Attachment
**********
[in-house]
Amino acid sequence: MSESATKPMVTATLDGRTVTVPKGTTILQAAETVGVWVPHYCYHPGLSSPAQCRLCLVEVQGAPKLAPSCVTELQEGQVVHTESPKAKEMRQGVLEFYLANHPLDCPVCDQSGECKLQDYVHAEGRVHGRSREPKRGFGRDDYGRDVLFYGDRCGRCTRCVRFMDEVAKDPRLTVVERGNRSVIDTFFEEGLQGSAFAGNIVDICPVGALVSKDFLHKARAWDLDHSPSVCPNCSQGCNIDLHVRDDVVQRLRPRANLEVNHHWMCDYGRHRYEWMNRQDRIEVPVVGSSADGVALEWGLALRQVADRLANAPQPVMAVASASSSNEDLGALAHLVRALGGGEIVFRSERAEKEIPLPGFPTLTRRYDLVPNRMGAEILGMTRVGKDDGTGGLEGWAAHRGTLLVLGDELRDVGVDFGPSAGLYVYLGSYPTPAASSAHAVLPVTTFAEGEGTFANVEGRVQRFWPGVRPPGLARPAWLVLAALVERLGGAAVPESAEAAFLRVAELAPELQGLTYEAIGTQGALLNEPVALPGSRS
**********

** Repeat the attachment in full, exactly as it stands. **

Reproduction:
[in-house]
Amino acid sequence: MSESATKPMVTATLDGRTVTVPKGTTILQAAETVGVWVPHYCYHPGLSSPAQCRLCLVEVQGAPKLAPSCVTELQEGQVVHTESPKAKEMRQGVLEFYLANHPLDCPVCDQSGECKLQDYVHAEGRVHGRSREPKRGFGRDDYGRDVLFYGDRCGRCTRCVRFMDEVAKDPRLTVVERGNRSVIDTFFEEGLQGSAFAGNIVDICPVGALVSKDFLHKARAWDLDHSPSVCPNCSQGCNIDLHVRDDVVQRLRPRANLEVNHHWMCDYGRHRYEWMNRQDRIEVPVVGSSADGVALEWGLALRQVADRLANAPQPVMAVASASSSNEDLGALAHLVRALGGGEIVFRSERAEKEIPLPGFPTLTRRYDLVPNRMGAEILGMTRVGKDDGTGGLEGWAAHRGTLLVLGDELRDVGVDFGPSAGLYVYLGSYPTPAASSAHAVLPVTTFAEGEGTFANVEGRVQRFWPGVRPPGLARPAWLVLAALVERLGGAAVPESAEAAFLRVAELAPELQGLTYEAIGTQGALLNEPVALPGSRS